#ifndef R2_LOG_DEPTH_H #define R2_LOG_DEPTH_H /// \file R2LogDepth.h /// \brief Logarithmic depth functions. /// /// Prepare an eye-space Z value for encoding. See R2_logDepthEncodePartial. /// /// @param z An eye-space Z value /// @return The prepared value /// float R2_logDepthPrepareEyeZ( const float z) { return 1.0 + (-z); } /// /// Partially encode the given _positive_ eye-space Z value. This partial encoding /// can be used when performing part of the encoding in a vertex shader /// and the rest in a fragment shader (for efficiency reasons) - See R2_logDepthPrepareEyeZ. /// /// @param z An eye-space Z value /// @param depth_coefficient The depth coefficient used to encode \a z /// /// @return The encoded depth /// float R2_logDepthEncodePartial( const float z, const float depth_coefficient) { float half_co = depth_coefficient * 0.5; float clamp_z = max (0.000001, z); return log2 (clamp_z) * half_co; } /// /// Fully encode the given eye-space Z value. /// /// @param z An eye-space Z value /// @param depth_coefficient The depth coefficient used to encode \a z /// @return The fully encoded depth /// float R2_logDepthEncodeFull( const float z, const float depth_coefficient) { float half_co = depth_coefficient * 0.5; float clamp_z = max (0.000001, z + 1.0); return log2 (clamp_z) * half_co; } /// /// Decode a depth value that was encoded with the given depth coefficient. /// Note that in most cases, this will yield a _positive_ eye-space Z value, /// and must be negated to yield a conventional negative eye-space Z value. /// /// @param z The depth value /// @param depth_coefficient The coefficient used during encoding /// /// @return The original (positive) eye-space Z value /// float R2_logDepthDecode( const float z, const float depth_coefficient) { float half_co = depth_coefficient * 0.5; float exponent = z / half_co; return pow (2.0, exponent) - 1.0; } #endif // R2_LOG_DEPTH_H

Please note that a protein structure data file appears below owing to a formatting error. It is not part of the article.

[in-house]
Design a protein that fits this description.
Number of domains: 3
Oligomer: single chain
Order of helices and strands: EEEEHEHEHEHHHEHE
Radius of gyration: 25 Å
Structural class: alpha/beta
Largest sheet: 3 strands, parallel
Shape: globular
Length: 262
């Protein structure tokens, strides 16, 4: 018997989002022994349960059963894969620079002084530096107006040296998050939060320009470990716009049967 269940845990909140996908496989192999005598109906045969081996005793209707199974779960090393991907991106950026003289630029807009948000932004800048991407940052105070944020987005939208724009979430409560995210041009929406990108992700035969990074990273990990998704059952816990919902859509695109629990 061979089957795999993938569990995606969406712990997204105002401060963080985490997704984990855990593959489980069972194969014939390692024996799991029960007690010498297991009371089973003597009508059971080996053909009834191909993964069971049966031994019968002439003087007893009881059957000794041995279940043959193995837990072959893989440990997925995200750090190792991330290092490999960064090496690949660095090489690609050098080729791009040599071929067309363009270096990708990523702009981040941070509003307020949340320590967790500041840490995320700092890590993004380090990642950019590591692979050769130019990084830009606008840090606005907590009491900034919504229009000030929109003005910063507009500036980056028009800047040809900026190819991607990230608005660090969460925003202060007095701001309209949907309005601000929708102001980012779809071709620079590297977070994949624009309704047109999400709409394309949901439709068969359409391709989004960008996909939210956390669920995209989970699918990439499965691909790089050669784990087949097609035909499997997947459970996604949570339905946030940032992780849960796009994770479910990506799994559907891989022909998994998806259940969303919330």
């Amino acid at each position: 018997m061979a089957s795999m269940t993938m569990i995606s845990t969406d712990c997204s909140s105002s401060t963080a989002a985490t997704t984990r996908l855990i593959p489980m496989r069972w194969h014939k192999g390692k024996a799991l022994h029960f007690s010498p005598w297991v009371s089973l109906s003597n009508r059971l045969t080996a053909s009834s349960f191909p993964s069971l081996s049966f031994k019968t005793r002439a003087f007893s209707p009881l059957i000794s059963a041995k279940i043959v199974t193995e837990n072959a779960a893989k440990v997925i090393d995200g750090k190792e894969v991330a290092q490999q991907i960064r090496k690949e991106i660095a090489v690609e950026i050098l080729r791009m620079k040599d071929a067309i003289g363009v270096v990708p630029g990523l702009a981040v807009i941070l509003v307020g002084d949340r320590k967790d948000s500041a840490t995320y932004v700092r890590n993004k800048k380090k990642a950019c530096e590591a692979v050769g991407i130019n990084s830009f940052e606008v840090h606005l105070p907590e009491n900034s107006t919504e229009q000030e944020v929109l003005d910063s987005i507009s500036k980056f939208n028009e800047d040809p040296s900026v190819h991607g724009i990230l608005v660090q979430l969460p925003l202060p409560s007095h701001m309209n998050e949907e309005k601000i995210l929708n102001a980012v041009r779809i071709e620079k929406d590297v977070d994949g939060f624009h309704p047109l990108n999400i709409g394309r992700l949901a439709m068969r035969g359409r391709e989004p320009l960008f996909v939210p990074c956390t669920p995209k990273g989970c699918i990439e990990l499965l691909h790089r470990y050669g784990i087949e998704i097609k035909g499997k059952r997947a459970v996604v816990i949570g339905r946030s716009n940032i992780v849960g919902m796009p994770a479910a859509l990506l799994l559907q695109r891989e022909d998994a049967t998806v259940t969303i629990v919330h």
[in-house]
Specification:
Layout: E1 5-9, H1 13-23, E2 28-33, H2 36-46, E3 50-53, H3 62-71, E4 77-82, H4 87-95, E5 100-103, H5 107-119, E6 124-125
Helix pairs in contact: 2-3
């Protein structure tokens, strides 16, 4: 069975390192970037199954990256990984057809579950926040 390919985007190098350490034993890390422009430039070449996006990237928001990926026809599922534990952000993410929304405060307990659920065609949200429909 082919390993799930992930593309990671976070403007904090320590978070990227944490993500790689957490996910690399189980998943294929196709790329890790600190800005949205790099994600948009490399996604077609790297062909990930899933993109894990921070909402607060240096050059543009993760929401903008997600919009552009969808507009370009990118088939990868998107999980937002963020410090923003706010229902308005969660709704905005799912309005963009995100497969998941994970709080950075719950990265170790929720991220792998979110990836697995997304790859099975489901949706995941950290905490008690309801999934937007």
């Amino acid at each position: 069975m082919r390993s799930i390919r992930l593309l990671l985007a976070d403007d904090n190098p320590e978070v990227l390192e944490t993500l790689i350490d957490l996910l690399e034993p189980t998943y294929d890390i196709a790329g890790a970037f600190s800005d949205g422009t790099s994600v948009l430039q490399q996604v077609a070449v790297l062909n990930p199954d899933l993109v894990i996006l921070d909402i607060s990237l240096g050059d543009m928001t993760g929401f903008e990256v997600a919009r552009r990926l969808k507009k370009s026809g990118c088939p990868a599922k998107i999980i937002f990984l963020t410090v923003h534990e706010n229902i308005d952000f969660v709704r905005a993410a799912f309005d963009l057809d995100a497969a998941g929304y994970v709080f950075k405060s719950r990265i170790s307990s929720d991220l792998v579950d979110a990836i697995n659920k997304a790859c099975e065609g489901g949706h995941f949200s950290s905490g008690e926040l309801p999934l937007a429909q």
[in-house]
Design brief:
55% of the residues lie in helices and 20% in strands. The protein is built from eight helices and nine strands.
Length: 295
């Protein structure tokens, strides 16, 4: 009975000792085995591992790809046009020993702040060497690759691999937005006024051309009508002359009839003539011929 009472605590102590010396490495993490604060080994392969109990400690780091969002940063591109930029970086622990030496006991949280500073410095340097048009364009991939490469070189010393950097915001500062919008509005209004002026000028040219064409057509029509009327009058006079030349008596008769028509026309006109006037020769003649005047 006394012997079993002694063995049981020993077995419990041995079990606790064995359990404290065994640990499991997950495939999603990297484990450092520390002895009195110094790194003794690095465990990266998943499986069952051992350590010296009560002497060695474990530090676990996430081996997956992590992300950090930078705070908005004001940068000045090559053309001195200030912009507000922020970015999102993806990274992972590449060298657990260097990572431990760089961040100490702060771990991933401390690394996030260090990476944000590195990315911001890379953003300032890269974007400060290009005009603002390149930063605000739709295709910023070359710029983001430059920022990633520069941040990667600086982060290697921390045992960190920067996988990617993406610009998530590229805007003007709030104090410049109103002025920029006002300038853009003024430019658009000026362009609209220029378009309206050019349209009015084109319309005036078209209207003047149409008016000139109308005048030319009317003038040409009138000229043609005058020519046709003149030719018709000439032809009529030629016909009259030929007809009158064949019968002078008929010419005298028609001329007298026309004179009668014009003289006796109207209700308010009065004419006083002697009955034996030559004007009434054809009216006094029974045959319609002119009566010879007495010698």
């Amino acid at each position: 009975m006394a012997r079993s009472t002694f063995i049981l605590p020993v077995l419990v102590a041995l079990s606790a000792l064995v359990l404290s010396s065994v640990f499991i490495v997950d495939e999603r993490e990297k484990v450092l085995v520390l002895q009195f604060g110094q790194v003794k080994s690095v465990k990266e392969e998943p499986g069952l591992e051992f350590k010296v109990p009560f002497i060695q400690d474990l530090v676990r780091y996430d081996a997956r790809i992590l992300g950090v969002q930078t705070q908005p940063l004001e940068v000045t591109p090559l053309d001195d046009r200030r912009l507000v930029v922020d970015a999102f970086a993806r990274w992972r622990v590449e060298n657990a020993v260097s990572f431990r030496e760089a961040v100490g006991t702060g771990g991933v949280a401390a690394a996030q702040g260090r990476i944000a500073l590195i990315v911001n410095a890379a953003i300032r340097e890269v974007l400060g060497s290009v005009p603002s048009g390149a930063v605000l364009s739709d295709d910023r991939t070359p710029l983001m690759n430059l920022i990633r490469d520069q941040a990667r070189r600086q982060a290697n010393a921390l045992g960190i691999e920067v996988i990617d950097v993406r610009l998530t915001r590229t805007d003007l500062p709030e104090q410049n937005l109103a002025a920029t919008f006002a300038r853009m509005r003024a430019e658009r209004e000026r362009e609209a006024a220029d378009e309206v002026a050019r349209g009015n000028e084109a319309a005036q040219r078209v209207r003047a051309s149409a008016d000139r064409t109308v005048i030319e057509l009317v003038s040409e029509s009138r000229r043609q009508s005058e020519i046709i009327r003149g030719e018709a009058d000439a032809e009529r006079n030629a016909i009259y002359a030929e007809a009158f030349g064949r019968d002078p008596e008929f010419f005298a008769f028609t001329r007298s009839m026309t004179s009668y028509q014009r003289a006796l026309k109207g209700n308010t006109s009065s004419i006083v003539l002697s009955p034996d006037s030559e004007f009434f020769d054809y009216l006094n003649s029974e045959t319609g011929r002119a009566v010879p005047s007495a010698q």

A fragment shader can use encode_full to compute a logarithmic depth value from a given positive eye space z value. Alternatively, a vertex shader can compute the z + 1.0 term r from a non-negated eye space z value, and pass r to a cooperating fragment shader which then finishes the computation by applying encode_partial to r. When performing position reconstruction during deferred rendering, the original eye space z value of a fragment is retrieved by negating the result of decode applied to a given logarithmic depth sample.

The original derivation of the encoding and decoding functions as described by Brano Kemen used the w component of the resulting clip space coordinates. Unfortunately, this does not work correctly with orthographic projections, as the typical orthographic projection matrix will produce clip space coordinates with a w component always equal to 1. Aside from the effects that this will have on depth testing (essentially mapping the depth of all fragments to the far plane), it also makes position reconstruction impossible as the original eye space z value cannot be recovered. Instead, the r2 package uses the negated eye space z value directly in all cases.